YAM Notes: July/August 2018

By Christopher T. Cory

Bill Shipley, having deservedly earned the radiant (no pun intended, at least consciously) title of Andres Soriano Distinguished Professor of Radiation Oncology at Harvard Medical School, understandably broke his long record of modesty in May, writing of his “pleasure attending the Yale graduation because our oldest grandchild is graduating! Amazing.” Note to others: Please send news of Eli grandchildren.

Lew Spratlan has composed music to the ears of Bob Oliver: a volunteer offer to help with drafting obituaries for classmates he knew at least fairly well. Others who are similarly inclined to help Bob should contact him. Lew, our Pulitzer-winning composer, seems to be courted by his muse as regularly as ever: he is “peddling,” as composers must, sad to say, his new opera, “a black French-Caribbean Medea,” not to mention a 28-minute, four-movement chamber symphony (the International Composers Ensemble is interested in presenting it), and six piano rags. I’ll try to post excerpts on our website.

Richard Barnett has three sculptures among the 83 works in an exhibition running from now through July 29 at the 80-acre Brookgreen Gardens south of Myrtle Beach, South Carolina. The show is Richard Miller and his Circle, and has works by Miller and on loan from artists who were friends of or influenced by him. Dick was both, having met Miller, who died in 2004, in the early 1970s when Miller joined the Grand Street Artists Cooperative in Manhattan’s SOHO, where Dick still lives and has his studio. In his classes at the College of Mount St. Vincent in the Riverdale neighborhood of New York City, Dick points out the “generosity and graciousness” of Miller’s sculptures and the modesty of his saying that “talent is the ability to do the work.” Besides doing his own work, Dick is curating a show of paintings and prints by the artist Mary Sinclair (1914–2004), his mother, that will run from September 7 to November 4 at the Provincetown, Massachusetts, Art Association Museum. “When many people I know have retired or are ‘cutting back,’” he says, “I am as busy as I have ever been. And often I am having fun!”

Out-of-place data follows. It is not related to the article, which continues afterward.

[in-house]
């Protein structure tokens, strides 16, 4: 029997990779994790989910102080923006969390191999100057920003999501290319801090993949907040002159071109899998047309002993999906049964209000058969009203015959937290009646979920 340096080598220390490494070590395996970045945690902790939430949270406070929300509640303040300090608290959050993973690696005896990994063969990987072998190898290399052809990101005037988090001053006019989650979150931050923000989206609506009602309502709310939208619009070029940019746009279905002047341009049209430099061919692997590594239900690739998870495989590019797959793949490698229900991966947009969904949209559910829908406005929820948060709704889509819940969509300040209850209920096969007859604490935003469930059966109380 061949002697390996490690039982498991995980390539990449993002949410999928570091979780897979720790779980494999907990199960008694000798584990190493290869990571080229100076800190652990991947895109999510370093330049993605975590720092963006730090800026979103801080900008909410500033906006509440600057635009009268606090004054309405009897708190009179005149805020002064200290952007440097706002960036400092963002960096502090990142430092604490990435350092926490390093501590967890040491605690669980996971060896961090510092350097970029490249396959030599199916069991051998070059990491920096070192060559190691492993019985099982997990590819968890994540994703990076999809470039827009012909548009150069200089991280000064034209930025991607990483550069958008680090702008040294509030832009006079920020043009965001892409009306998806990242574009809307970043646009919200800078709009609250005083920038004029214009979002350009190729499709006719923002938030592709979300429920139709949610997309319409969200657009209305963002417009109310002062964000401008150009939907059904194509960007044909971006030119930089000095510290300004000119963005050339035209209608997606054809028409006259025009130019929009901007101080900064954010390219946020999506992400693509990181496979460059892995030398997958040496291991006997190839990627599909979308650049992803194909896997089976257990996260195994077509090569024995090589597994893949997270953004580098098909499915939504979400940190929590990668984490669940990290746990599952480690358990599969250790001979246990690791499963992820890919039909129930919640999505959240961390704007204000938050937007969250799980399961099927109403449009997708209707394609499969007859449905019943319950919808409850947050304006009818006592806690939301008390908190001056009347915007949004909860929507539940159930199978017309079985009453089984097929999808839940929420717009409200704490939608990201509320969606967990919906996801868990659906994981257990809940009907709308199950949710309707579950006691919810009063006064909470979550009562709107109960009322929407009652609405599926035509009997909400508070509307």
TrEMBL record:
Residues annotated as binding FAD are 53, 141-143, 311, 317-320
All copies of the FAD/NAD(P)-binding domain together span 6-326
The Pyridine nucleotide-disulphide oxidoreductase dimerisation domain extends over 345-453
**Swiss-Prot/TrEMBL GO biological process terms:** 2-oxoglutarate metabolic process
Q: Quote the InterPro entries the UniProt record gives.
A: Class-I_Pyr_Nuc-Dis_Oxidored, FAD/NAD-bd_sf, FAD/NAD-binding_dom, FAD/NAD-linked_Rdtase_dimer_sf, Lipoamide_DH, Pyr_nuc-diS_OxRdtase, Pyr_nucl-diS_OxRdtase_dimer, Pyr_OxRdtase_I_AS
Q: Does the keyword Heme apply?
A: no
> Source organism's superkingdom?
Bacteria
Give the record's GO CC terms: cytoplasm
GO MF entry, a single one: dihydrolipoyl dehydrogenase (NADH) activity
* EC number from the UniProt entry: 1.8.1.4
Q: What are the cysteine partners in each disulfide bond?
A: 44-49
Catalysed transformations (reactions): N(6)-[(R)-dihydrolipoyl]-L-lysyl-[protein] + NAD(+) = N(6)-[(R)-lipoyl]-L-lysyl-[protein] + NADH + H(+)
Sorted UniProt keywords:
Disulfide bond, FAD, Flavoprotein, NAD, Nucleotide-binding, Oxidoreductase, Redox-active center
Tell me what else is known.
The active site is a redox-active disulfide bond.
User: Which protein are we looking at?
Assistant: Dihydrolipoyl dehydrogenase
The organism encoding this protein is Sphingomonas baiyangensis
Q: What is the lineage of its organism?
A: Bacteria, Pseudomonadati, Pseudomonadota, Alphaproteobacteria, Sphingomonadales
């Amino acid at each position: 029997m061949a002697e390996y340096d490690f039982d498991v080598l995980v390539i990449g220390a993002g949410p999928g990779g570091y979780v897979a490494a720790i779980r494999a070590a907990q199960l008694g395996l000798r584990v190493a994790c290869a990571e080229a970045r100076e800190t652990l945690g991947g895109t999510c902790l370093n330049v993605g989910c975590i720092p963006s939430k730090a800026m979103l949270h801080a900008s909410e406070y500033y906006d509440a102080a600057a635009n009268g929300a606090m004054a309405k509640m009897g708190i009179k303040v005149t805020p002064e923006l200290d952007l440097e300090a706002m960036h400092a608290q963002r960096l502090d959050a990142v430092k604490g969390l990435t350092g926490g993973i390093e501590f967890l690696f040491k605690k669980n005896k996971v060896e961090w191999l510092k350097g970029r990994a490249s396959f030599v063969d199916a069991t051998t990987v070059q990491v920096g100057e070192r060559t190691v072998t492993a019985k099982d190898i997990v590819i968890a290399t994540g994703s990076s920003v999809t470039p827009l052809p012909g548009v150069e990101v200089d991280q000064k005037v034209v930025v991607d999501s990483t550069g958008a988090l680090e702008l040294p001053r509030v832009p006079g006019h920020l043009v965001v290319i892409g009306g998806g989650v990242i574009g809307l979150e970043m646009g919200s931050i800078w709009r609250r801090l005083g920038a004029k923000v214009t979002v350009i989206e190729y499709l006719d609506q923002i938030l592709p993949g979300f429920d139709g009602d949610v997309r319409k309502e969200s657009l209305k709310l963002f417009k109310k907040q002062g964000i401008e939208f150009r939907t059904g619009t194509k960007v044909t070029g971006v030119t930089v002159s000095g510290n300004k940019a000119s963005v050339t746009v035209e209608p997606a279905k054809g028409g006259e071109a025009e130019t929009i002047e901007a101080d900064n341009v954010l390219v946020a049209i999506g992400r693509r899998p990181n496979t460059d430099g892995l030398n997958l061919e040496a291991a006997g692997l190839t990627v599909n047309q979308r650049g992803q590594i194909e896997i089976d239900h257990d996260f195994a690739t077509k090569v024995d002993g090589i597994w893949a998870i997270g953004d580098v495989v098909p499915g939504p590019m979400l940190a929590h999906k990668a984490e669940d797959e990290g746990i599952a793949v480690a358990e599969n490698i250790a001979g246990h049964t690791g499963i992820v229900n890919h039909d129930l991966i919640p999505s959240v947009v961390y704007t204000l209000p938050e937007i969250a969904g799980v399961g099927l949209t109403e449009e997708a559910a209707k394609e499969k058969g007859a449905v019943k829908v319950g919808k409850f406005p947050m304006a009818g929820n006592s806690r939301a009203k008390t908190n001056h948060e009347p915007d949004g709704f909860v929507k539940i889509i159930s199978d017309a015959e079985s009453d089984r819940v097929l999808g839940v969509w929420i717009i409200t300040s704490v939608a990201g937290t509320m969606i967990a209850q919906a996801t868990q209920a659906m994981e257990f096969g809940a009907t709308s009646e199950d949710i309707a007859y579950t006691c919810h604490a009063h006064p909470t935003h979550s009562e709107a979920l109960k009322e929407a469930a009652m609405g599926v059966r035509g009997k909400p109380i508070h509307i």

Likewise, Tappy Wilder’s new Afterword in the most recent HarperCollins edition of his uncle Thornton Wilder’s play Our Town provides a good deal of background information about the play and where it came from. In mid-July, Tappy will be in Peterborough, New Hampshire, an important source of inspiration for the play, for the third of the yearly conferences on TW that he has helped develop, with “presentations, round table conversations, panel discussions, readings, and events featuring leading academics and theater professionals from around the globe,” according to a news release.

Gary Richardson is likely to be “camped up on the North Fork of the Big Wood River about ten miles north of Ketchum, Idaho,” where for several years he and his family have been coming for the free, three-week Sun Valley Summer Symphony. He says the full orchestra is made up mostly of 1st & 2nd chairs from across the country.

Bill Weber, a former wrestler, replied right away to a note from the university not too long ago making sure he’d heard about the new director of athletics. Pointing out that he goes to matches at Cornell, near where he lives, he said, “You may wish to review with Ms. Chun the advisability of returning wrestling to Yale as a Division I varsity sport.”

Though in my May website post about the class council meeting I tried to minimize the two tiny comments about Trump, John Carr noted: “Nice to hear what is going on with ’62, but I could do without the apparently now obligatory Trump-lines. Enough is enough. Don’t you guys have a better focus for your wit than beating that tired drum?” Probably not, John, until more of the controversies around him morph into real discussions and classmates send me their views for our website.

Necrology. We sadly announce the deaths since the last edition of these notes, of William Sanders, Robert C. Nicholas III, and Francis X. Lang, with obituaries to be posted on www.Yale62.org in due course. Newly completed obits are there now for David N. Dunn and Richard C. Lakein.

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